Which Is Greener: Hybrids or Compacts?
ROBERT SIEGEL, host:
With the price of oil so high and gasoline at the pump so expensive, many of us are looking for a more fuel-efficient car, and here with some often surprising guidance is Jamie Kitman, the New York bureau chief for Automobile magazine.
And Jamie, first off, the big success story of the past year was the Toyota Prius, the hybrid car. You've written that the hybrids are really not so efficient as we might think.
Mr. JAMIE KITMAN (New York Bureau Chief, Automobile Magazine): Well, that's not exactly fair to say. I said that just because something is a hybrid, doesn't mean that it's particularly economical. What I was mostly writing about are a new wave of hybrids that are coming that purport to address the gasoline questions and those are larger SUVs that are being built. There's a new Chevy Tahoe, Lexus makes a hybrid SUV, and while they do improve their efficiency, you still have to look at what the real mileage that they get is. The Chevy, for instance, you know, is really, you know, in real world use is likely to get in the low 20s. While that's an improvement over the mid-teens that it might be getting previously, it's still not a particularly economical car.
SIEGEL: But one fact of life about a hybrid is that it gets its real efficiency in city driving when it's using its electric motor, not on the highway when it's using its gas motor.
Mr. KITMAN: Well a hybrid can, most hybrids, in fact all hybrids that are on the market now get their best mileage working in stop and go traffic in the city and the suburban shuffle. When you're out on the open interstate going 70 or 80 miles an hour as people are wont to do, covering great distances, that mileage benefit tends to evaporate.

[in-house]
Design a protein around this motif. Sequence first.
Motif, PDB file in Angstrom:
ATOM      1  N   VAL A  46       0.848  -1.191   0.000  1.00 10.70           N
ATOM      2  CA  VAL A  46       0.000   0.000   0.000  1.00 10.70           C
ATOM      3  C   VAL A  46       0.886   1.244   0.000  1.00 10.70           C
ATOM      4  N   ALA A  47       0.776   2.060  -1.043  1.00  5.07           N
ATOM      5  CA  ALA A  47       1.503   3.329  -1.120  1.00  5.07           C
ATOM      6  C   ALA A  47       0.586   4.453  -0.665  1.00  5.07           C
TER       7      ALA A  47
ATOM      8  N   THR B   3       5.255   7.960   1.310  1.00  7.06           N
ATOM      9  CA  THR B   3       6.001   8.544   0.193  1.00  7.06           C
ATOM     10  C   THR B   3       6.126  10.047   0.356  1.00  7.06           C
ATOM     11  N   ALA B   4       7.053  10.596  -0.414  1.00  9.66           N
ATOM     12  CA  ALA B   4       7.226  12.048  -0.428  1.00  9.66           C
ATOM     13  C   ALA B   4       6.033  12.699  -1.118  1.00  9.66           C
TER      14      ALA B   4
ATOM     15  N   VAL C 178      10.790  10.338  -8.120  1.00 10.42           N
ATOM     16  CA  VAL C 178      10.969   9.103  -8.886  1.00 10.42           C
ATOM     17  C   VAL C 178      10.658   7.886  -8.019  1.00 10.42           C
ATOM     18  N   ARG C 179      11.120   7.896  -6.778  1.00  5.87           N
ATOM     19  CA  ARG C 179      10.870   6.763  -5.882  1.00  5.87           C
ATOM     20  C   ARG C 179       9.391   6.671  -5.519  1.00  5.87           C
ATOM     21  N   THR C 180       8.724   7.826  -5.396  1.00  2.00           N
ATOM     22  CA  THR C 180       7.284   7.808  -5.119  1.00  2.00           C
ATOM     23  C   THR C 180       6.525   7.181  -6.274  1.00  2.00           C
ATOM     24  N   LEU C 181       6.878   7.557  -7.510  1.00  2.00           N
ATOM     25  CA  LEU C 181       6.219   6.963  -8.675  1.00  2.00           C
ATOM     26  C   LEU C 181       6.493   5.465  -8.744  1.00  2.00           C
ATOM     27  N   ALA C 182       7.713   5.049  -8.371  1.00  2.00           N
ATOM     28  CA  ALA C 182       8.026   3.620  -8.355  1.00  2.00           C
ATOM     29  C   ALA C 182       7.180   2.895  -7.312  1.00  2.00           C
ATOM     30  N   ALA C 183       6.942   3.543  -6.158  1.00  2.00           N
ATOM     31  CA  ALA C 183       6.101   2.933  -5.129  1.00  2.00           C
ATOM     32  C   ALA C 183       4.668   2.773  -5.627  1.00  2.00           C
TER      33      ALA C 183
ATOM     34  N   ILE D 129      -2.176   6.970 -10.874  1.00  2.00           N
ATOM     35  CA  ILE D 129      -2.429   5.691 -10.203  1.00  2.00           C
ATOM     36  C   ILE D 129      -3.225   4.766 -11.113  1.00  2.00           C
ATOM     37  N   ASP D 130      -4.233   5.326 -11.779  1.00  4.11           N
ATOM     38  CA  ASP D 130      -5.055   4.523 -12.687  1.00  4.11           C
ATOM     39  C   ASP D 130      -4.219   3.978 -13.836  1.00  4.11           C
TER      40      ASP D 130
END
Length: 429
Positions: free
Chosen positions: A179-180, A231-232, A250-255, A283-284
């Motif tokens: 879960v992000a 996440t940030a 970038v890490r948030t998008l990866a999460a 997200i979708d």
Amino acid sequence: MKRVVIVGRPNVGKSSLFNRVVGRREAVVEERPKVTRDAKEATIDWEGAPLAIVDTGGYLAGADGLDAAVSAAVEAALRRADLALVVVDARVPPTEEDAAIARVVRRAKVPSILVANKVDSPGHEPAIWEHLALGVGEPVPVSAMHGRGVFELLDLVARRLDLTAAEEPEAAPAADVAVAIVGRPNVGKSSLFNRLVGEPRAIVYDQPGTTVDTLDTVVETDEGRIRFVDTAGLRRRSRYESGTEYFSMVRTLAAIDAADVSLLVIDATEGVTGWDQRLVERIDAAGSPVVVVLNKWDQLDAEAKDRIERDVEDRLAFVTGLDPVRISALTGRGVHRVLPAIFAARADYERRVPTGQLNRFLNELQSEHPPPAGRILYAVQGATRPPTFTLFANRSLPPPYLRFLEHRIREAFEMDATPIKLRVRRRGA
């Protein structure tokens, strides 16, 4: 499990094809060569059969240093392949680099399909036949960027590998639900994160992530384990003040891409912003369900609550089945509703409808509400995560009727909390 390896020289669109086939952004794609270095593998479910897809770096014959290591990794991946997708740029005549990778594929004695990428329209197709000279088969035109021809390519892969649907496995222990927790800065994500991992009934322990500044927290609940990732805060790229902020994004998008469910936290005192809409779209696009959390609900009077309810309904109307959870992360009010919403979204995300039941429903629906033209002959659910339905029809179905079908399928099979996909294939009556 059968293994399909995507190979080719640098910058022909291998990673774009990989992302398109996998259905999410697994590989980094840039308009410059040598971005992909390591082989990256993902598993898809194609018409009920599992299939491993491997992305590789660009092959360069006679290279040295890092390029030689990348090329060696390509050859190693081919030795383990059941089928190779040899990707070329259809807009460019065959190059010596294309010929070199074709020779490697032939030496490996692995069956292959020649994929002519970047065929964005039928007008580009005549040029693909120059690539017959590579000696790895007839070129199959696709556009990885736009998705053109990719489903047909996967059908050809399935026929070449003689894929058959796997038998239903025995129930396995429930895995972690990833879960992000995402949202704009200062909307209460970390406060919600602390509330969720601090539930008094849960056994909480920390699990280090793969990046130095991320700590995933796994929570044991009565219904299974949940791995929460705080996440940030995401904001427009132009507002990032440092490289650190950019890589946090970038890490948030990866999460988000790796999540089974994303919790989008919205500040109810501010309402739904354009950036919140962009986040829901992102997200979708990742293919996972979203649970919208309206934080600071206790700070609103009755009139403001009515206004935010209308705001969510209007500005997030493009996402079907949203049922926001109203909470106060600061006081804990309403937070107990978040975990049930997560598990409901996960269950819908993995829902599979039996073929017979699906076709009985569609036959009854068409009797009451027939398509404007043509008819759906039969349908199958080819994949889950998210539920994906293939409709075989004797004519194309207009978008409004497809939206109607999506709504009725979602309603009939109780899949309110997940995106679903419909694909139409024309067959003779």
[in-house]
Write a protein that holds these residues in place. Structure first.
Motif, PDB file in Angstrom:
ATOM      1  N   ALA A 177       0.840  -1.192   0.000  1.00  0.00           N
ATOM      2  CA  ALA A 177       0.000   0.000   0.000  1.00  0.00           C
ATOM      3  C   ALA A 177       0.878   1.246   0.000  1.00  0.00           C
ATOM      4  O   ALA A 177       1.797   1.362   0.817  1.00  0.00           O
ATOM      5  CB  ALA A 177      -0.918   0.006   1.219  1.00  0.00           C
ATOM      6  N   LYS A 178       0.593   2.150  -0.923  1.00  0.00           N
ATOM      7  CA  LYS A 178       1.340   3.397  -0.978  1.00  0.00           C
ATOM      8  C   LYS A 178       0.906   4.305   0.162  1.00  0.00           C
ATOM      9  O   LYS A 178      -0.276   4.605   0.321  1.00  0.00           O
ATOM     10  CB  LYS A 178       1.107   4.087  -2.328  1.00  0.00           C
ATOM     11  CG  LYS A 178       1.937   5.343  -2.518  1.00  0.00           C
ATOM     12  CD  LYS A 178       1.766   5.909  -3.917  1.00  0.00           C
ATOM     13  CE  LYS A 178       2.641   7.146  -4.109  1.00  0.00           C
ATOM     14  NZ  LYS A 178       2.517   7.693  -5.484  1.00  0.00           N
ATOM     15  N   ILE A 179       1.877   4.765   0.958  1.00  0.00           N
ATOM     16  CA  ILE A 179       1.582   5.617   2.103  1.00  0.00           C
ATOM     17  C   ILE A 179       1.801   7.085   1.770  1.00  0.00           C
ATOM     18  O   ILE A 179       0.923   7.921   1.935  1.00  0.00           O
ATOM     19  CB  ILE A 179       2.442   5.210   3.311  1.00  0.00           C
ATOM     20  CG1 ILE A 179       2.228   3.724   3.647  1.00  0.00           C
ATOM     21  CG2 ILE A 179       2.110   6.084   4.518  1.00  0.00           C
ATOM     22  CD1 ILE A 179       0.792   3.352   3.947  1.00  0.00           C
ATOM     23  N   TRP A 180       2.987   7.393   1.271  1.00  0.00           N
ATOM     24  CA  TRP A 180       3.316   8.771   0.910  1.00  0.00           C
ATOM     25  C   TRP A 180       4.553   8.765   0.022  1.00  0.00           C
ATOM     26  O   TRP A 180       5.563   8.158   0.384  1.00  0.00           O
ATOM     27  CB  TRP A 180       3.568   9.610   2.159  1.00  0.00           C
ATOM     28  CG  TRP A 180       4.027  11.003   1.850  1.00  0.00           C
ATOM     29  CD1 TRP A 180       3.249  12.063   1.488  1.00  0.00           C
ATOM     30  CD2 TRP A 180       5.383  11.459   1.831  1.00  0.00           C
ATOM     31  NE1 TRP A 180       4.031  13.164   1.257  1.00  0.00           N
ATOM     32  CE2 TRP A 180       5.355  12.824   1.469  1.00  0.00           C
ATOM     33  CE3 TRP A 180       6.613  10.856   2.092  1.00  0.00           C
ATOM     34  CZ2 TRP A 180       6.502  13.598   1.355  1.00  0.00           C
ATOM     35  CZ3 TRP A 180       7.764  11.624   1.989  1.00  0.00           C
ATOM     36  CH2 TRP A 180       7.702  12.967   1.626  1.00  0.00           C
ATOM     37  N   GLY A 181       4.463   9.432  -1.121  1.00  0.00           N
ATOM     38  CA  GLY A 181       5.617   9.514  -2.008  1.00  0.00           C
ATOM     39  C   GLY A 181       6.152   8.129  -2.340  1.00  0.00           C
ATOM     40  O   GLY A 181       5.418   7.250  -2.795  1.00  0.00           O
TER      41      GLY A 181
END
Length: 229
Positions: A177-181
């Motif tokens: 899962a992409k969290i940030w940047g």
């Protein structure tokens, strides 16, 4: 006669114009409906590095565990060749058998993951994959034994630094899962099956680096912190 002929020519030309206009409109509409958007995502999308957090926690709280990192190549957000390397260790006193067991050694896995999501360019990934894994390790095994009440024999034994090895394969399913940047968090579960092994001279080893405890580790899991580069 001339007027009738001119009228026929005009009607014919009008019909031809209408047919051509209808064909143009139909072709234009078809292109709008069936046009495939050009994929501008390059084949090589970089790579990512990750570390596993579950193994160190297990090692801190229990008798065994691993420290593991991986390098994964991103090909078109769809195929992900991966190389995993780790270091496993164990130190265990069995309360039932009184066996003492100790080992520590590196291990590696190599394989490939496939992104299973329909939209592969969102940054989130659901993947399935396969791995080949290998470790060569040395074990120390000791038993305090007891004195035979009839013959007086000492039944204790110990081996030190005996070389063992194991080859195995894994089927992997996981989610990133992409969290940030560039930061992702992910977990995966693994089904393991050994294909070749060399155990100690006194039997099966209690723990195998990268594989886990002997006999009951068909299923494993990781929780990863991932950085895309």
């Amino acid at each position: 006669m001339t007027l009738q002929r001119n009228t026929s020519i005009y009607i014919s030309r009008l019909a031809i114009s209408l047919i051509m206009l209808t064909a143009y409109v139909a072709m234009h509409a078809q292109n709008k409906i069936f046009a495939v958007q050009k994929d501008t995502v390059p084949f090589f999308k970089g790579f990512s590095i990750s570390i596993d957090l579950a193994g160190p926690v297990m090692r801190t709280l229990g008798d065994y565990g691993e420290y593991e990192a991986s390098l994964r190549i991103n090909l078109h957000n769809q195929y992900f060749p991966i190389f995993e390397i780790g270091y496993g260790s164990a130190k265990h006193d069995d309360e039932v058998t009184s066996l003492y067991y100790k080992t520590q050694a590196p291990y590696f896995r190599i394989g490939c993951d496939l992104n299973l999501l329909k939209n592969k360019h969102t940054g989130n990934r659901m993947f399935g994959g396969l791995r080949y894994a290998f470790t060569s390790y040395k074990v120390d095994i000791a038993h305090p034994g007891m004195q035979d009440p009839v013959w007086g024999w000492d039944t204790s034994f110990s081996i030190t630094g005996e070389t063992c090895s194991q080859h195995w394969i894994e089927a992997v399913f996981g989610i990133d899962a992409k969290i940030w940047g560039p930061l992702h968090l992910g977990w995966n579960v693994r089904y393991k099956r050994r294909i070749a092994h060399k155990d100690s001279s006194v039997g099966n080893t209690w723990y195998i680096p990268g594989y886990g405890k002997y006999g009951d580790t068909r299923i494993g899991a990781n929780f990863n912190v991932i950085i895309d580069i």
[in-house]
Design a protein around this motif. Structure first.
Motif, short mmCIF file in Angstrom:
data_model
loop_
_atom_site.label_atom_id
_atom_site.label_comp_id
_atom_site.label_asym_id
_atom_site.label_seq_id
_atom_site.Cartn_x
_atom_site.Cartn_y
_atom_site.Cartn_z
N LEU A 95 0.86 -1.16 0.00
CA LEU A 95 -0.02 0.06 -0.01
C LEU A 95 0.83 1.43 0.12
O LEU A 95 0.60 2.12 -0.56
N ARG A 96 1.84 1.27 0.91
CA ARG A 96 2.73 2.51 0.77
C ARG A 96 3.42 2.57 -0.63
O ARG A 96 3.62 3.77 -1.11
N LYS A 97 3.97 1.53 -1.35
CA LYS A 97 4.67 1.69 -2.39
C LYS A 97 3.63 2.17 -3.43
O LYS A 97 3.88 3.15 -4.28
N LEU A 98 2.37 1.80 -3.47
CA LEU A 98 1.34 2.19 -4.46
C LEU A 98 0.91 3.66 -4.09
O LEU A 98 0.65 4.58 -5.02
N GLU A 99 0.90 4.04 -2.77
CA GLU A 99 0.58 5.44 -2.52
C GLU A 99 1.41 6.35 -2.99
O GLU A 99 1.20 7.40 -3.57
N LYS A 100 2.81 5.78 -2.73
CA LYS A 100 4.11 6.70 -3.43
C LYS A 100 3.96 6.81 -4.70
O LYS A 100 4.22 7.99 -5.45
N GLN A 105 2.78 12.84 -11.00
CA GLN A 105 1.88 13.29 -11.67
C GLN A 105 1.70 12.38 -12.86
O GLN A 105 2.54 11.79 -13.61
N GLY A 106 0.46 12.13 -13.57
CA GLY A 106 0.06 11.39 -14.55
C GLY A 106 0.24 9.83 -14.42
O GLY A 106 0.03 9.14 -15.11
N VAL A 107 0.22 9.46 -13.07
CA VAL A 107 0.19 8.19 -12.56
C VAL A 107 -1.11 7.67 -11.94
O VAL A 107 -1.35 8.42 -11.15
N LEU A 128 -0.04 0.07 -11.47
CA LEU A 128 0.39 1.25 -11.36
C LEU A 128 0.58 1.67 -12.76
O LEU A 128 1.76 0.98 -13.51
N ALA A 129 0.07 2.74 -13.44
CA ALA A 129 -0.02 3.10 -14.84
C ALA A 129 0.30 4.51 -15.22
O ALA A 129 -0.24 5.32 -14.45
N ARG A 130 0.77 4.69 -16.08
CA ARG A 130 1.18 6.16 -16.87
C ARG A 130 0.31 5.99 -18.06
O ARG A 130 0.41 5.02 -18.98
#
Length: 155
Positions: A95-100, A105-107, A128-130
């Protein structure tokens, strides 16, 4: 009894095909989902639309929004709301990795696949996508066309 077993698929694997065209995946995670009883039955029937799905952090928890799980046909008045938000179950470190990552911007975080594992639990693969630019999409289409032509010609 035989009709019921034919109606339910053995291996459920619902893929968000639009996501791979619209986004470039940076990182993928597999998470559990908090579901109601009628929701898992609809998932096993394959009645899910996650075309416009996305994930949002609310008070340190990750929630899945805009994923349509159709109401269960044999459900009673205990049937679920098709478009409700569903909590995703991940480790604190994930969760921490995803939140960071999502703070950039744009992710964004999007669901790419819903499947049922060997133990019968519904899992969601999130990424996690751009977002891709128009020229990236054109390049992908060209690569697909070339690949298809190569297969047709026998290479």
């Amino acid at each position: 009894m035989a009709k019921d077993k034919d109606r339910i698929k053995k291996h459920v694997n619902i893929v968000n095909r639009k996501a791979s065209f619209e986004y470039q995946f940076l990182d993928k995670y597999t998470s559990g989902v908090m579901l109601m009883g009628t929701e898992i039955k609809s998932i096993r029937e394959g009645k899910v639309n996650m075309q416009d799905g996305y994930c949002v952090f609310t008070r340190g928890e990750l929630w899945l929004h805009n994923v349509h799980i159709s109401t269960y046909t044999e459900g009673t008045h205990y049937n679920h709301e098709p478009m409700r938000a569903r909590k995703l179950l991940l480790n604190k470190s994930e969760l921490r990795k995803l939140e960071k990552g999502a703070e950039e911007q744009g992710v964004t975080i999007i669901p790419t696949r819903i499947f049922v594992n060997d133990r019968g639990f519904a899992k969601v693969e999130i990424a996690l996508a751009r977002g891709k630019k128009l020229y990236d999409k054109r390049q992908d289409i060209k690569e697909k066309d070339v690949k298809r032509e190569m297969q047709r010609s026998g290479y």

SIEGEL: Well, let's leave the hybrid cars aside now because just over the horizon it seems is coming a new generation of small cars, very energy efficient and most of them from Japan. Which cars are we talking about here?
Mr. KITMAN: Soon to hit American shores or already just arriving, the new Honda Fit which is a car that's smaller than a Civic, the Toyota Yeris, which has been a bestseller around the world in previous years but wasn't sold here, the Dodge Caliber which really is kind of a crossover mini-SUV that replaces, it's a direct replacement for the Dodge Neon and the Nissan Versa. We also have the Kia Rio V, the Hyundai Accent, the Chevrolet Avia, which is a which is a rebadged Daewoo from Korea, a new Volkswagen Golf and soon to be a sub-Golf Volkswagen.
SIEGEL: Roughly what kind of mileage do they get per gallon?
Mr. KITMAN: Well they tend towards the high 30's.
SIEGEL: City driving or highway driving or?
Mr. KITMAN: You know, mostly on the highway, I would say, but even in city driving you can expect, I would say, at the lowest in the high 20s.
SIEGEL: And we should expect to see these cars coming over in large numbers looking for a big share of the American market?
Mr. KITMAN: I would say that, you know, it's funny, people talk about them, they were really an afterthought, but I think collectively they'll sell many hundreds of thousands of these. I know Honda's target for the Fit is to sell 50,000.
SIEGEL: Is what's happening here car makers that have been successfully making and selling small cars for Asia have suddenly, because of rising gasoline prices, found the U.S. market to be a target of opportunity because now we might be willing to buy those cars, which they didn't think would sell here before?
Mr. KITMAN: Well I think that's certainly true. I think part of that was a fundamental misunderstanding on the part of both Asians, but I notice it particularly among Europeans and this sort of tendency to view America monolithically, that everybody here wants a big car. The Mini Cooper which was relatively pricy, you know, $25,000 some of them cost, but the smallest car on sale in America, kind of broke that cycle and it made people realize, well maybe it's, you know, the American people are more diverse and complicated than we can imagine.
Automotive fashion moves in trends like all other fashion and they've certainly spent a lot of time looking at the fashion industry and the style, it had to change. There was always gonna be a pendulum swing back to smaller cars.
SIEGEL: Jamie thanks for talking with us.
Mr. KITMAN: Thanks, Robert.
SIEGEL: Jamie Kitman, who is the New York bureau chief for Automobile magazine.
NPR transcripts are created on a rush deadline by Verb8tm, Inc., an NPR contractor, and produced using a proprietary transcription process developed with NPR. This text may not be in its final form and may be updated or revised in the future. Accuracy and availability may vary. The authoritative record of NPR’s programming is the audio record.